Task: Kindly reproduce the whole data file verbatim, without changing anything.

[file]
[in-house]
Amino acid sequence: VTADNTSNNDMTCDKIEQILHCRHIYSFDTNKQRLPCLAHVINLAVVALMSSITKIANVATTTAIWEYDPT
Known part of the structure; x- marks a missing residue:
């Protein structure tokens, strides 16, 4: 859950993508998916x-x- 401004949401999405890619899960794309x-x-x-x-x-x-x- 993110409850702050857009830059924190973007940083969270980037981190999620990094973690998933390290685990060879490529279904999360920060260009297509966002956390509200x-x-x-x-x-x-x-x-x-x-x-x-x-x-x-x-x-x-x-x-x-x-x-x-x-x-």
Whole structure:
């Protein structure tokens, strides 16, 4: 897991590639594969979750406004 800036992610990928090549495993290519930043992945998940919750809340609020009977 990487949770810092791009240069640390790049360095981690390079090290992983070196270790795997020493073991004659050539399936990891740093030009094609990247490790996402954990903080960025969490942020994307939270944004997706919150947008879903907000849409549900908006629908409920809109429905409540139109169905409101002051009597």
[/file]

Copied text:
[in-house]
Amino acid sequence: VTADNTSNNDMTCDKIEQILHCRHIYSFDTNKQRLPCLAHVINLAVVALMSSITKIANVATTTAIWEYDPT
Known part of the structure; x- marks a missing residue:
């Protein structure tokens, strides 16, 4: 859950993508998916x-x- 401004949401999405890619899960794309x-x-x-x-x-x-x- 993110409850702050857009830059924190973007940083969270980037981190999620990094973690998933390290685990060879490529279904999360920060260009297509966002956390509200x-x-x-x-x-x-x-x-x-x-x-x-x-x-x-x-x-x-x-x-x-x-x-x-x-x-």
Whole structure:
């Protein structure tokens, strides 16, 4: 897991590639594969979750406004 800036992610990928090549495993290519930043992945998940919750809340609020009977 990487949770810092791009240069640390790049360095981690390079090290992983070196270790795997020493073991004659050539399936990891740093030009094609990247490790996402954990903080960025969490942020994307939270944004997706919150947008879903907000849409549900908006629908409920809109429905409540139109169905409101002051009597």